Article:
The Barefoot Contessa's Roasted Salmon with Green Lentils

The only modifications I made were due to necessity.  I had no chicken broth on hand, but I had low-sodium beef broth, which made a fine substitute.  I also had wild sockeye salmon with the skin on, but it crisped beautifully and kept the salmon moist, which is important, since wild salmon tends to be drier than farm-raised salmon.
What to sip while preparing this meal and with the meal...It's officially rose weather and I found this bottle at Central Market for about $10.  Les Jamelles Cinsault Rose 2010 (France) is dry, tart and full of fresh cherries and raspberries.  There's a bit of orange blossom on the nose, which makes it a delightful wine to sip by itself, but it's also a great accompaniment to the roasted salmon and lentils.  Prepared in the traditional saignee method, which "bleeds" more tannins and color from the grapeskins into the wine, this wine is a great value and artfully made.

May your tastebuds dance in whatever shoes you choose!

Saturday, April 21, 2012

My hairdresser's pork chops

I love my hairdresser.  I've had the same one for about 12 years.  That's not because I fear change, it's because I fear mediocrity.  She's very good at what she does.  She makes me look like a million bucks and I get compliments on my hair all the time.  OK, so now you know I'm very vain.

The other reason I love my hairdresser is because she's been very supportive and excited about The Voluptuous Table and all its events.  I often take appetizers and cocktails by my hairdresser's shop on a Friday afternoon for her and the other staff there to taste-test.  That's been a lot of fun; it's also been really helpful.  I'll tell you this: those ladies like to Par-Tay!

My hairdresser and her husband also love to cook and she recently shared a recipe idea with me that I had to go home and try:  Garlic and Jalapeno Cream Cheese-Stuffed Pork Chops.  She told me how to make them and added that she usually buys Philly garlic cream cheese, then adds strips of jalapenos when she's ready to stuff the chops.  Easy enough.

Of course, I wanted to make my own garlic-jalapeno cream cheese filling.  It was pretty spicy, but by the time you had a bite of grilled pork chop with the cream cheese and the bacon that's wrapped around the chop, everything came together in a very nice way.  So this is how I did it:

Garlic and Jalapeno Cream Cheese-Stuffed Pork Chops

8 oz. Philadelphia cream cheese (or use neufchatel), softened
2 cloves garlic, minced (or use 1/2 to 1 tsp. garlic powder)
1 jalapeno, stemmed, seeded and minced
kosher salt to taste
4 extra-thick boneless pork chops 
8 extra-thick slices bacon
a small amount of cooking oil, optional
kosher salt and freshly ground pepper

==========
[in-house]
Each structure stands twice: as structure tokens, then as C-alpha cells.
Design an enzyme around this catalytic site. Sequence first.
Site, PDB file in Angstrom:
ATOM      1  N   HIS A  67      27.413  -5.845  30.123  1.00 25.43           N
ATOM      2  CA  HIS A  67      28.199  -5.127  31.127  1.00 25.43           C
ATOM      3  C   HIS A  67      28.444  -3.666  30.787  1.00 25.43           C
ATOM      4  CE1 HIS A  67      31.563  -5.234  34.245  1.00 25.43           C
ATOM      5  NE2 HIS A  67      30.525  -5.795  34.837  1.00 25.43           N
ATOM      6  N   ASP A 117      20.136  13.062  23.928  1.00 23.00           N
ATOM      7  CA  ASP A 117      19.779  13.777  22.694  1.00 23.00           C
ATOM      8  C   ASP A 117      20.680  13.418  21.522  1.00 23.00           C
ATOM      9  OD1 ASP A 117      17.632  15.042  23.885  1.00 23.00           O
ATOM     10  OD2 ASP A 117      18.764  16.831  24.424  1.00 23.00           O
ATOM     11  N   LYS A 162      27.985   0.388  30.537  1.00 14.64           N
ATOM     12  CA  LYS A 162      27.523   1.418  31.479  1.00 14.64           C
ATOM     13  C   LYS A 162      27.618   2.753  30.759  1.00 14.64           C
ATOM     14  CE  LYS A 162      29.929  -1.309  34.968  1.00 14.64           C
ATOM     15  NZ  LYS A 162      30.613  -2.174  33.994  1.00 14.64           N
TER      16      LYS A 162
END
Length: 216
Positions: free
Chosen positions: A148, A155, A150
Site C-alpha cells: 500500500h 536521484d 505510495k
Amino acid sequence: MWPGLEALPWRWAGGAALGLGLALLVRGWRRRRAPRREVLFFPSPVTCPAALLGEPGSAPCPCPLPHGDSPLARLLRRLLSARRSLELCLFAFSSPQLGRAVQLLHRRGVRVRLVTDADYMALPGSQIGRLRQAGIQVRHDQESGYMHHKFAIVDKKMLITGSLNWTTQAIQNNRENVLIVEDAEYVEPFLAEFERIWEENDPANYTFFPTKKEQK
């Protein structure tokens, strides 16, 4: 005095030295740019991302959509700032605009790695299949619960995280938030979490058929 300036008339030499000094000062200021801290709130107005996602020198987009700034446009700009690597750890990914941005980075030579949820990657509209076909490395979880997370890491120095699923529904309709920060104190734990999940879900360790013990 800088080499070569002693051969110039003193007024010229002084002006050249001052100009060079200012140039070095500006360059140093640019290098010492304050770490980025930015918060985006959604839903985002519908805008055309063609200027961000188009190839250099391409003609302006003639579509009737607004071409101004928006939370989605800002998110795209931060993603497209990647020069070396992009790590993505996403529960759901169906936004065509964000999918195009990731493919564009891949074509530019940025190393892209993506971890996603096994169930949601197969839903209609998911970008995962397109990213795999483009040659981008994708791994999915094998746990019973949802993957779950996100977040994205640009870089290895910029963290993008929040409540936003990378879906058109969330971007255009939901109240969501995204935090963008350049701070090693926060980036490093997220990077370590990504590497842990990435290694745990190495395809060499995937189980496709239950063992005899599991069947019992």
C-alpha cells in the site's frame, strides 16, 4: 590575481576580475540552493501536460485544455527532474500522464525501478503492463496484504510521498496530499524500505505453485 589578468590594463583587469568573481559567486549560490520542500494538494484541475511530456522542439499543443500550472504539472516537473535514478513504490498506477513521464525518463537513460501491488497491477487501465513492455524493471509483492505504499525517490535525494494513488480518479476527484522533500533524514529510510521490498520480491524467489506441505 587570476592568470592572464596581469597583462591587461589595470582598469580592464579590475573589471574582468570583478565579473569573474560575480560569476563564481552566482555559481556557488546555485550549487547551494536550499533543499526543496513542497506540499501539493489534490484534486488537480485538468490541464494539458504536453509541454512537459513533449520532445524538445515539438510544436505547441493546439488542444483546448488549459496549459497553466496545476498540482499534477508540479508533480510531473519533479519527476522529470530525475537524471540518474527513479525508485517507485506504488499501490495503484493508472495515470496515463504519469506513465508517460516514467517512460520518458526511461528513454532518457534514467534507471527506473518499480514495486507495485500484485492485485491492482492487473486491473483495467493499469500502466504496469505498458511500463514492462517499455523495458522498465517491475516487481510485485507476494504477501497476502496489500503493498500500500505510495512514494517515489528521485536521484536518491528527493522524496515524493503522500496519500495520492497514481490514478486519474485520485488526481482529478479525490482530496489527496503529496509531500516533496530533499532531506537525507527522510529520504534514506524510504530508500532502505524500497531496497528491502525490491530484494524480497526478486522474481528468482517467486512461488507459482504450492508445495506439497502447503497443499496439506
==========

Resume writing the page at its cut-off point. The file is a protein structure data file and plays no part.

1.  Mix together the cream cheese, garlic, jalapeno and salt.  Blend well and set aside.
2.  With a sharp knife, make a pocket in each pork chop to hold the cream cheese mixture.  You can also butterfly the chops if you have plenty of toothpicks to secure the edges before cooking.
3.  Stuff each pork chop generously with the cream cheese mixture.  If you don't use it all, never fear.  It's great stirred into warm pasta for another meal.
4.  Close up the pork chops and secure all open edges well with toothpicks.
5.  Wrap 2 slices of bacon around the edges of each chop, overlapping as necessary and securing with more toothpicks.
6.  If the chops are very lean, you may want to rub them with a little cooking oil.
7.  Season the chops with plenty of salt and freshly ground black pepper.
8.  Grill or broil until chops reach desired doneness and they are nicely caramelized on the outside, about 5 minutes per side.  Serves four.

What should you drink with these porkchops?  I sipped an off-dry rose of Malbec, mostly because it's rose weather; ask your wine guy for a good one because there are several out there.  You could also choose a Rhone-style red.  You'll need something fruity and off-dry to balance the heat of the jalapeno and your choice could be a more-spare wine since the meat is not too rich.  Also consider a lighter, less oaky Zinfandel or even a dry Merlot.

May your tastebuds always encounter the beautiful!

Tuesday, April 17, 2012

Chicken with capers, raisins, sun-dried tomatoes and kalamata olives

Darn.  I keep forgetting to take pictures of my food before I eat it.

I'm sorry, truly, but I'm just not in the habit of photographing what I cook.  I'll try to do better, really I will.  But as a consolation prize, here's a picture of the first water lily that bloomed just yesterday.  I was a little nervous about hanging over the edge of the pond in a such a precarious fashion, knowing full well that I could drop my camera (actually, my cell phone) into the pond and severely traumatize the frogs, whom we've named Taco, Beauregard and Bigg Daddy.  And that would be that.  But balance and coordination prevailed!  The frogs continue to rule the pond undisturbed!

Not dinner, but close

I do want to let you know, however, that last night's dinner--an impromptu throw-down of the Vindaloo variety, e.g., using wine as the catalyst of inspiration--was something I wanted to share with you.  My husband enjoyed it immensely, and I did as well.  But we did miss you at our table.